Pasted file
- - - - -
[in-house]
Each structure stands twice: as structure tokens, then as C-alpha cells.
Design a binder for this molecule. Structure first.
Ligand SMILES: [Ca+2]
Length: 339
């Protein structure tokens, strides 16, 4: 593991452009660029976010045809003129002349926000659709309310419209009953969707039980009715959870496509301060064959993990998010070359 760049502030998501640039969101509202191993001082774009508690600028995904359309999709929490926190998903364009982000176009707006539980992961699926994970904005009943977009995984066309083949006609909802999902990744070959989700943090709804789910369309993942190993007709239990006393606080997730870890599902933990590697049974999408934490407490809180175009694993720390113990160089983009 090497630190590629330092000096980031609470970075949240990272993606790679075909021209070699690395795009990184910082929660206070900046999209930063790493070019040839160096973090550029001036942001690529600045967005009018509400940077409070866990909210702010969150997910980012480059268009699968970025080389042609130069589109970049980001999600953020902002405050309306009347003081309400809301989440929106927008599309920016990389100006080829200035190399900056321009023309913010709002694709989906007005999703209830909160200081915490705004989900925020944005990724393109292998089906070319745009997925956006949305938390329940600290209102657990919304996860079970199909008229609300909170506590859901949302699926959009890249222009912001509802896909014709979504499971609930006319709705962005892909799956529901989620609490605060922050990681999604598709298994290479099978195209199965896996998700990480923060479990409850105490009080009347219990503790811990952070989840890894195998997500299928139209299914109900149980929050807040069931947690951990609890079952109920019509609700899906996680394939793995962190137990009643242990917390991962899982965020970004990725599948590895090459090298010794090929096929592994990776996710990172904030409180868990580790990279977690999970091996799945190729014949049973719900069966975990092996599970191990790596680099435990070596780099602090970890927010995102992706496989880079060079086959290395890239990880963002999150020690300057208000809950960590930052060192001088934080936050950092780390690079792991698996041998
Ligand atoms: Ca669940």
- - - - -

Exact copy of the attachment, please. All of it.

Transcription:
[in-house]
Each structure stands twice: as structure tokens, then as C-alpha cells.
Design a binder for this molecule. Structure first.
Ligand SMILES: [Ca+2]
Length: 339
């Protein structure tokens, strides 16, 4: 593991452009660029976010045809003129002349926000659709309310419209009953969707039980009715959870496509301060064959993990998010070359 760049502030998501640039969101509202191993001082774009508690600028995904359309999709929490926190998903364009982000176009707006539980992961699926994970904005009943977009995984066309083949006609909802999902990744070959989700943090709804789910369309993942190993007709239990006393606080997730870890599902933990590697049974999408934490407490809180175009694993720390113990160089983009 090497630190590629330092000096980031609470970075949240990272993606790679075909021209070699690395795009990184910082929660206070900046999209930063790493070019040839160096973090550029001036942001690529600045967005009018509400940077409070866990909210702010969150997910980012480059268009699968970025080389042609130069589109970049980001999600953020902002405050309306009347003081309400809301989440929106927008599309920016990389100006080829200035190399900056321009023309913010709002694709989906007005999703209830909160200081915490705004989900925020944005990724393109292998089906070319745009997925956006949305938390329940600290209102657990919304996860079970199909008229609300909170506590859901949302699926959009890249222009912001509802896909014709979504499971609930006319709705962005892909799956529901989620609490605060922050990681999604598709298994290479099978195209199965896996998700990480923060479990409850105490009080009347219990503790811990952070989840890894195998997500299928139209299914109900149980929050807040069931947690951990609890079952109920019509609700899906996680394939793995962190137990009643242990917390991962899982965020970004990725599948590895090459090298010794090929096929592994990776996710990172904030409180868990580790990279977690999970091996799945190729014949049973719900069966975990092996599970191990790596680099435990070596780099602090970890927010995102992706496989880079060079086959290395890239990880963002999150020690300057208000809950960590930052060192001088934080936050950092780390690079792991698996041998
Ligand atoms: Ca669940």